adding offset to opamp

Thread Starter

kubeek

Joined Sep 20, 2005
5,793
In the attached diagram you can see a small votlage source being added to the inputs of the amplifier and comparator. How would you realize such an offset in a real circuit?

I thought about a Vbe multiplier, but those can only have more drop than Vbe, not less. I am replicating this ideal diode controller with discrete parts, so in the real circuit (normal differential amplifier) I solved it by having slightly different voltage dividers for each input, but that makes the offset change with Vcc. What would you use to achive this small offset of inputs?lm5050.PNG
 

OBW0549

Joined Mar 2, 2015
3,566
In the attached diagram you can see a small votlage source being added to the inputs of the amplifier and comparator. How would you realize such an offset in a real circuit?
It's important to realize that when you see a diagram like this, the details are drawn to illustrate the function of the circuit, not to show how it's actually constructed. Those little voltage sources may not even exist as distinct physical entities; more likely, the comparators themselves are designed with a deliberately unbalanced input differential stage (e.g., the two transistors in the input diffamp have different emitter areas) that yields the same result.

The effect is as if a millivolt voltage source were placed in series with one of the inputs of an ideal comparator, but the actual implementation is something altogether different.
 

Thread Starter

kubeek

Joined Sep 20, 2005
5,793
Yes I understand that. My question is more pointed to how would you realize such an offset in a discrete circuit with normal comparator that has offset <1mV? With the differential amp I can see more solutions, but not with the comparator.
 

OBW0549

Joined Mar 2, 2015
3,566
My question is more pointed to how would you realize such an offset in a discrete circuit with normal comparator that has offset <1mV?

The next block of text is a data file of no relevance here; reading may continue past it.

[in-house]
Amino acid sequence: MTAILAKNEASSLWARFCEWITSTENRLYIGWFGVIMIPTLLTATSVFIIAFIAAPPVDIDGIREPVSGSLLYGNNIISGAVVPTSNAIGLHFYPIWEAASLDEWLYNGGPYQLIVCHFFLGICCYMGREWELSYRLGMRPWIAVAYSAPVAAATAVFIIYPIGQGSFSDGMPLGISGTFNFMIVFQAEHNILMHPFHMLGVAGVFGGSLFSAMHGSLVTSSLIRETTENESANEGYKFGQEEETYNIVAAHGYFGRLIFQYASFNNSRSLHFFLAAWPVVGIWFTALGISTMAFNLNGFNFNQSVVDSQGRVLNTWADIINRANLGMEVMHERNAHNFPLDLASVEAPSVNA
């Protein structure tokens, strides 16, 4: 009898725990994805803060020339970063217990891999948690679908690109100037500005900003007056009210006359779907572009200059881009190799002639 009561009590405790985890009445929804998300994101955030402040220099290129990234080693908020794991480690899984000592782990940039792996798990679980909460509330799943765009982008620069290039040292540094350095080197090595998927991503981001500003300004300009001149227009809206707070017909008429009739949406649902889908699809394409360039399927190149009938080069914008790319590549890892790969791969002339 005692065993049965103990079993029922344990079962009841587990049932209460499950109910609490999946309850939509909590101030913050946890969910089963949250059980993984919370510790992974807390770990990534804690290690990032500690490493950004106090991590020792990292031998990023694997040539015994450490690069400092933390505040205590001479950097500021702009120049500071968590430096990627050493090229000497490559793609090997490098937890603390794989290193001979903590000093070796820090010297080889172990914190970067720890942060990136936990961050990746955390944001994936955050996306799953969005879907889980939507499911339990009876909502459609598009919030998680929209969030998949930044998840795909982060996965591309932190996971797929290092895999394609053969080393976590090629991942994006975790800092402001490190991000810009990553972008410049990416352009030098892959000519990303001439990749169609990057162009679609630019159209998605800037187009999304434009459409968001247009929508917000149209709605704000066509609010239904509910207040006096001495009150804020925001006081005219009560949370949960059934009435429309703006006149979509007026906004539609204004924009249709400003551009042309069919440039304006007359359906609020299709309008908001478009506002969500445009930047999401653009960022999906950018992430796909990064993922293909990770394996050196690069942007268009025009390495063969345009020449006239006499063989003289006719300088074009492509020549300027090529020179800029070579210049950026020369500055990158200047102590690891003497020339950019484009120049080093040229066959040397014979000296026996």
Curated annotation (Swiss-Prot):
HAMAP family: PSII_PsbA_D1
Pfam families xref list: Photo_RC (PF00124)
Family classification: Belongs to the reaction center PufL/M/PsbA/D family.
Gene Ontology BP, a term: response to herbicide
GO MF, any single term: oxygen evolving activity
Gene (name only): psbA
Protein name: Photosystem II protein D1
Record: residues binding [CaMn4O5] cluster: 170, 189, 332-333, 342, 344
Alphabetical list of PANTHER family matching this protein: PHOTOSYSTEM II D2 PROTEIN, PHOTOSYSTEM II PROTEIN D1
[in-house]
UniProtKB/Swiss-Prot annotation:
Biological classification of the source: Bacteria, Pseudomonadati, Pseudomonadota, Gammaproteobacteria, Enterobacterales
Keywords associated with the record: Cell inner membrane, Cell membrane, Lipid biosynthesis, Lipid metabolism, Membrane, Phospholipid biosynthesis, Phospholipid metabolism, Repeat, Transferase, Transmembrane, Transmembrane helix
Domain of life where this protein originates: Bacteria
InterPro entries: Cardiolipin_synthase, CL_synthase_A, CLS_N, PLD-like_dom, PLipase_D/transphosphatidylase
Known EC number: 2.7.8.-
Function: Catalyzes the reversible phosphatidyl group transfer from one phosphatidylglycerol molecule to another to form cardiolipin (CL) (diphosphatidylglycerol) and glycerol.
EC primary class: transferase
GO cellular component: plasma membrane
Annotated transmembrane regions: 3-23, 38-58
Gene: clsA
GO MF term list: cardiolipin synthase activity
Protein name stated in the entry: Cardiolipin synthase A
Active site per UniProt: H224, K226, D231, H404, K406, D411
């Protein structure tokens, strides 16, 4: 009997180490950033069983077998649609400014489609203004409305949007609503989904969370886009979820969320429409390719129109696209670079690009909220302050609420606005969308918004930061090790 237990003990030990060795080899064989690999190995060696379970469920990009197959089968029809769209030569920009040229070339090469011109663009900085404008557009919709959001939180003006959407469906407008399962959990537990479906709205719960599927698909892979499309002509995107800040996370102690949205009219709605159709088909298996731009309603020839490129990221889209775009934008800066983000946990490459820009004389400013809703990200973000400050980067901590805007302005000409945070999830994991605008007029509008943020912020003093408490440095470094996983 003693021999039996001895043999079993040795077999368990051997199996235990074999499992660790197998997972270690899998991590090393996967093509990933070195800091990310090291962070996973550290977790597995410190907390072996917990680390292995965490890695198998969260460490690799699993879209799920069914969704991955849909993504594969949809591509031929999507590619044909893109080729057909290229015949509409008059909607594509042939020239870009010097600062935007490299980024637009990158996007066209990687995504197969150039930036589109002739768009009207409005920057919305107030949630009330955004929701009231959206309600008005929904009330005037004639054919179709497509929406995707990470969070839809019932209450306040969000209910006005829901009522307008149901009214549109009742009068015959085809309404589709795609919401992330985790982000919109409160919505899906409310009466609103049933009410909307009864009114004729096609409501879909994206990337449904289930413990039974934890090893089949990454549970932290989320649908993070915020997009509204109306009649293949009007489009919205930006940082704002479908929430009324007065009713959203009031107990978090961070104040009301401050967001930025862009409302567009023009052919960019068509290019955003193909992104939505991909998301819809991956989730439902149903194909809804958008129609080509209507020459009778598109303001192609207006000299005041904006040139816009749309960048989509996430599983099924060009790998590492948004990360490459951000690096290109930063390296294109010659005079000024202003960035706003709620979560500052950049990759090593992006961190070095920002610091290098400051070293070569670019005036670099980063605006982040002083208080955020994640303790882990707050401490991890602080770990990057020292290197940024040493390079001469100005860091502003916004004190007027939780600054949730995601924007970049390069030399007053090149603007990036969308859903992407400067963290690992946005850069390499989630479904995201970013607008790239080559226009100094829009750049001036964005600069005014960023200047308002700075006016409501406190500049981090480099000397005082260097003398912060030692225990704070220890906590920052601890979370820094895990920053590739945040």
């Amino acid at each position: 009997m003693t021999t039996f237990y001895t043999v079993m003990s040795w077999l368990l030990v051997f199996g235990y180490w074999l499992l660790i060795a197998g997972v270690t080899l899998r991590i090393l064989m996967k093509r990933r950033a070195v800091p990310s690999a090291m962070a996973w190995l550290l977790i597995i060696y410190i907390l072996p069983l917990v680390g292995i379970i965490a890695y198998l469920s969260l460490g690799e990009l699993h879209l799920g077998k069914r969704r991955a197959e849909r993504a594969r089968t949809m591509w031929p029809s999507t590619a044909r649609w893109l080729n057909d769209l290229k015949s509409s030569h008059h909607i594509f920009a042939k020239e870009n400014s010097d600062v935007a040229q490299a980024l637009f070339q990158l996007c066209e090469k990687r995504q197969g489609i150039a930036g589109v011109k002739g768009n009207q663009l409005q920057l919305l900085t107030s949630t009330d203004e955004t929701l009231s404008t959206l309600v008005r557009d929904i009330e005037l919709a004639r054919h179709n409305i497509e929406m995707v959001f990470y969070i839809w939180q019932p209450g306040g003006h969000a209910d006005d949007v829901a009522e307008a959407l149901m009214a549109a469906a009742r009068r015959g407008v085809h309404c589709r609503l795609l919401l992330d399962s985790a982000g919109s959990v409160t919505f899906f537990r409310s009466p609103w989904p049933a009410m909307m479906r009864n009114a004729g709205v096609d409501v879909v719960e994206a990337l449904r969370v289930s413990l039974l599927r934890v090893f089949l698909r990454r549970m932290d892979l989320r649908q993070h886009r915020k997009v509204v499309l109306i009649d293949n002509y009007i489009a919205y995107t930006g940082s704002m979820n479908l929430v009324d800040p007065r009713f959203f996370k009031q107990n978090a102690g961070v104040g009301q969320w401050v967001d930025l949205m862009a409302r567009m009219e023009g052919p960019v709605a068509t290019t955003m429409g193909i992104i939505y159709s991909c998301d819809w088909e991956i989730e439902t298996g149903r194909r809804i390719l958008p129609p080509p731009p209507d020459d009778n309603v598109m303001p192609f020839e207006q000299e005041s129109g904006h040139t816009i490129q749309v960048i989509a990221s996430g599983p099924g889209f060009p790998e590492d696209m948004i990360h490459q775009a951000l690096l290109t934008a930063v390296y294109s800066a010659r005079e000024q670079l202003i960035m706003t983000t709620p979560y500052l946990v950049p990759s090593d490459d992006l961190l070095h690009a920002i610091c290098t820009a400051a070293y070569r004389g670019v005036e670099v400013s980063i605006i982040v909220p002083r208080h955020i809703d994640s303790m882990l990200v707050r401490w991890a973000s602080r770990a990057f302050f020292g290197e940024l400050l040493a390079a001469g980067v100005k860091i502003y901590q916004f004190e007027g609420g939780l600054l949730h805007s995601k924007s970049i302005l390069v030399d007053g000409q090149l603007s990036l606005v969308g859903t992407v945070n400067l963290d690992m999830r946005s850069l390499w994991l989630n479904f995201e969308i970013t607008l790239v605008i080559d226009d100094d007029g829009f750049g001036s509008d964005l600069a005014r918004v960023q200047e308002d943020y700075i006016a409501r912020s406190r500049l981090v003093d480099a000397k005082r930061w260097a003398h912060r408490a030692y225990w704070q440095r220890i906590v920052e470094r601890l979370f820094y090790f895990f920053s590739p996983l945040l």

Most practical way, I think, would be to put a small resistor in series with the comparator input, and connect a constant-current source or sink to "pull" the comparator input either up or down, as needed. For example, a 1 kΩ resistor and a 30 μA current source will result in a 30 mV offset. Offhand, I can't think of any other solution that wouldn't result in a lot of head-banging.
 

ifixit

Joined Nov 20, 2008
652
You could use a matched transistor pair in 1 package (eg 2SA1873). Run a different base current in each until the difference in the base voltage is 30mV. This difference should remain constant over a reasonable temperature range. If biased from Vin through resistors then both base currents will change together and tend to keep the difference the same. This is easy inside an IC, but somewhat unpredictable on a circuit board.

Just an idea
Ifixit
 

wayneh

Joined Sep 9, 2010
17,493
In the attached diagram ....
Your post got me interested. I had looked into building an active rectifier some years ago but it was a little too complicated for me at the time. Your ideal diode got me thinking that things have probably advanced, and sure enough they have.

So far I've found a Linear IC that I'd like to try:
http://www.linear.com/product/LT4320

This looks like it would be a ideal for a hobbyist-level project to build a high-efficiency rectifier. Great for windmill generators, for instance.
 

Thread Starter

kubeek

Joined Sep 20, 2005
5,793
When I am back at work on monday I will post my discrete solution, which theoretically could be also used as a rectifier.
 
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